Pixel People (iOS) review
Pixel People is a new iOS game published by Chillingo and developed by LambdaMu Games. It’s available now as a free download from the App Store, with additional in-app purchases available of the game’s hard currency.
Pixel People is obviously taking very heavy cues from Nimblebit’s popular mobile games Tiny Tower and Pocket Planes, but manages to create a distinctive experience while maintaining the same endearing pixel-art style. The concept of the game is that the player is in charge of a futuristic colony of clones and must splice genetic material together to discover the game’s 150 jobs. Unlocking jobs subsequently unlocks buildings and allows the player’s colony to grow and increase its regular income, but the player must check in regularly on the colony to ensure that all its citizens are getting on with their work. Players may also share their new job discoveries on Facebook — playing communally with friends to discover all the combinations is a good way to make rapid progress.
Basic gameplay in Pixel People involves building houses in order to free up space for new inhabitants, then waiting for new clones to arrive in the “arrival center” facility. When a new clone arrives, they are a “blank slate” and must have their genes spliced in order to find them a job. Initially, two jobs are available — mayor and mechanic — but as the player combines different arrangements of jobs together, they gradually unlock more and more different careers for their pixelated citizens to join. Most of these jobs are discovered by splicing genes together, but some are simply awarded for making a particular amount of progress in the game. The interface gives good feedback on which combinations the player has already tried, which ones will result in a new job and which ones will not work at all — this helps ensure that the player will never waste their time creating jobs they already know. A humorous “news ticker” across the bottom of the screen occasionally provides hints on new combinations, and tapping on buildings with unoccupied jobs allows the player to unlock the genetic formula for the missing careers in exchange for hard currency.
Upon discovering a new job, sometimes a new building type becomes available and must be placed on the map before the new citizen can star their career. Different buildings take up varying amounts of space on the game grid, and there is a limit to how many spaces the player is able to occupy with their colony. This limit may be bumped up by spending increasingly large amounts of soft currency, and is one of the main means through which the player’s progress in the game is reflected.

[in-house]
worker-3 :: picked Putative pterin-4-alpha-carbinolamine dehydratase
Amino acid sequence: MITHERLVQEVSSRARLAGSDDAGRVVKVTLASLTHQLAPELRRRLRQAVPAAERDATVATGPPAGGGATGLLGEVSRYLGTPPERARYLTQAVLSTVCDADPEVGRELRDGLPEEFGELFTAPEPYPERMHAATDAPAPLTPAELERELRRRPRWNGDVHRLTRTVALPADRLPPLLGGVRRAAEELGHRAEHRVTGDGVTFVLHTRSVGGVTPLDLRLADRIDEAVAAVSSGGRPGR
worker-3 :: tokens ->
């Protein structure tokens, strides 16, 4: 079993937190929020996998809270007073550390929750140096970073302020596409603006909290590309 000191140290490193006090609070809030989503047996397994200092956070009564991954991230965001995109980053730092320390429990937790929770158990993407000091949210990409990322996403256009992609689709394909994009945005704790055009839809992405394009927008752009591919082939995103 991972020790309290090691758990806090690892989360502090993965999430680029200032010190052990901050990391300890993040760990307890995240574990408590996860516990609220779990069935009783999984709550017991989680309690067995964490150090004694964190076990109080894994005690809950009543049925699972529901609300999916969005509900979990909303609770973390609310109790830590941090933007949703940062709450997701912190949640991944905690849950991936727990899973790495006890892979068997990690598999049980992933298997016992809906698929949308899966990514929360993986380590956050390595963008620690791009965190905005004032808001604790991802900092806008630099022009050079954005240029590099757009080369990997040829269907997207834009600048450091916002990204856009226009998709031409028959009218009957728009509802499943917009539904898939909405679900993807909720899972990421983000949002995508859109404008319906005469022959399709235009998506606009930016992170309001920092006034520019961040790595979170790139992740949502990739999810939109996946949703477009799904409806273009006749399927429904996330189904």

Besides splicing genes and building, the player must also keep an eye on their colony to ensure it is running efficiently. Occupied “job” buildings will only produce money for a set period of time, after which they must be tapped on again to continue. Similarly, naturally-landscaped areas around the colony regularly produce coins and sometimes hard currency, which must be tapped on to claim. Finally, hearts occasionally appear over residential buildings — tapping and holding on these claims the clones’ “love,” which is exchanged for a prize when 11 have been collected. Prizes range from soft currency awards to collectible animal species, which are tracked in a separate screen to the discovered jobs.
Much like Nimblebit’s games, Pixel People is a simple to play and endearing game that doesn’t have all that much depth or strategy to it but still manages to remain compelling and addictive regardless. Its monetization is unobtrusive and never requires that players pay up to make progress — they can simply progress a little quicker if they pay for some hard currency. It’s obviously been designed to be fun and entertaining first and foremost, and to make money second. As Nimblebit proved with their titles, this is a good way to win the hearts (and subsequently wallets) of a broad spectrum of players — including the notoriously difficult to please core gamers.
In short, then, Pixel People is a very strong addition to Chillingo’s lineup, and a sign that perhaps LambdaMu Games are a studio that are well worth keeping an eye on in the near future.
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A fun and endearing — if ultimately slightly limited — mobile game in the Nimblebit mold.